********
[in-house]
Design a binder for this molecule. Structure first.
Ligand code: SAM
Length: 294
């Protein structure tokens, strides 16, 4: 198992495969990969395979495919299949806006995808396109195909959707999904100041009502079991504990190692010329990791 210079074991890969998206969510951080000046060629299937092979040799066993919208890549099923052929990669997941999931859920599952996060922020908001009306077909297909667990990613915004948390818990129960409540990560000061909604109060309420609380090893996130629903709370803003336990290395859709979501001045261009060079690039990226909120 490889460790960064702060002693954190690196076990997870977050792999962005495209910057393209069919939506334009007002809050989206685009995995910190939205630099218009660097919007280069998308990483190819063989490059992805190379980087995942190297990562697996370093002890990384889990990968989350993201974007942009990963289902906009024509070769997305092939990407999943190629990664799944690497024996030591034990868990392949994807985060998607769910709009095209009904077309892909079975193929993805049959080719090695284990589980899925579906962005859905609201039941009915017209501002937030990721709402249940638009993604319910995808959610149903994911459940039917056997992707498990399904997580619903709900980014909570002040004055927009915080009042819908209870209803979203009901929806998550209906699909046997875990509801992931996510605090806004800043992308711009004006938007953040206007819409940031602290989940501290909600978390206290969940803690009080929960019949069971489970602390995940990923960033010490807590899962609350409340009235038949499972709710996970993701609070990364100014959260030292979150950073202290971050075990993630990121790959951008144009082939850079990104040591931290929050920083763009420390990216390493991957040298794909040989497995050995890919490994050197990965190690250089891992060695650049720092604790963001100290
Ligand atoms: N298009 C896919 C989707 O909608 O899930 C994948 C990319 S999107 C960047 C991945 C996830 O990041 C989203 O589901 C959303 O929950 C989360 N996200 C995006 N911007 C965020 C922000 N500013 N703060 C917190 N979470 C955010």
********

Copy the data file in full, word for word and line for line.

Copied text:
[in-house]
Design a binder for this molecule. Structure first.
Ligand code: SAM
Length: 294
């Protein structure tokens, strides 16, 4: 198992495969990969395979495919299949806006995808396109195909959707999904100041009502079991504990190692010329990791 210079074991890969998206969510951080000046060629299937092979040799066993919208890549099923052929990669997941999931859920599952996060922020908001009306077909297909667990990613915004948390818990129960409540990560000061909604109060309420609380090893996130629903709370803003336990290395859709979501001045261009060079690039990226909120 490889460790960064702060002693954190690196076990997870977050792999962005495209910057393209069919939506334009007002809050989206685009995995910190939205630099218009660097919007280069998308990483190819063989490059992805190379980087995942190297990562697996370093002890990384889990990968989350993201974007942009990963289902906009024509070769997305092939990407999943190629990664799944690497024996030591034990868990392949994807985060998607769910709009095209009904077309892909079975193929993805049959080719090695284990589980899925579906962005859905609201039941009915017209501002937030990721709402249940638009993604319910995808959610149903994911459940039917056997992707498990399904997580619903709900980014909570002040004055927009915080009042819908209870209803979203009901929806998550209906699909046997875990509801992931996510605090806004800043992308711009004006938007953040206007819409940031602290989940501290909600978390206290969940803690009080929960019949069971489970602390995940990923960033010490807590899962609350409340009235038949499972709710996970993701609070990364100014959260030292979150950073202290971050075990993630990121790959951008144009082939850079990104040591931290929050920083763009420390990216390493991957040298794909040989497995050995890919490994050197990965190690250089891992060695650049720092604790963001100290
Ligand atoms: N298009 C896919 C989707 O909608 O899930 C994948 C990319 S999107 C960047 C991945 C996830 O990041 C989203 O589901 C959303 O929950 C989360 N996200 C995006 N911007 C965020 C922000 N500013 N703060 C917190 N979470 C955010």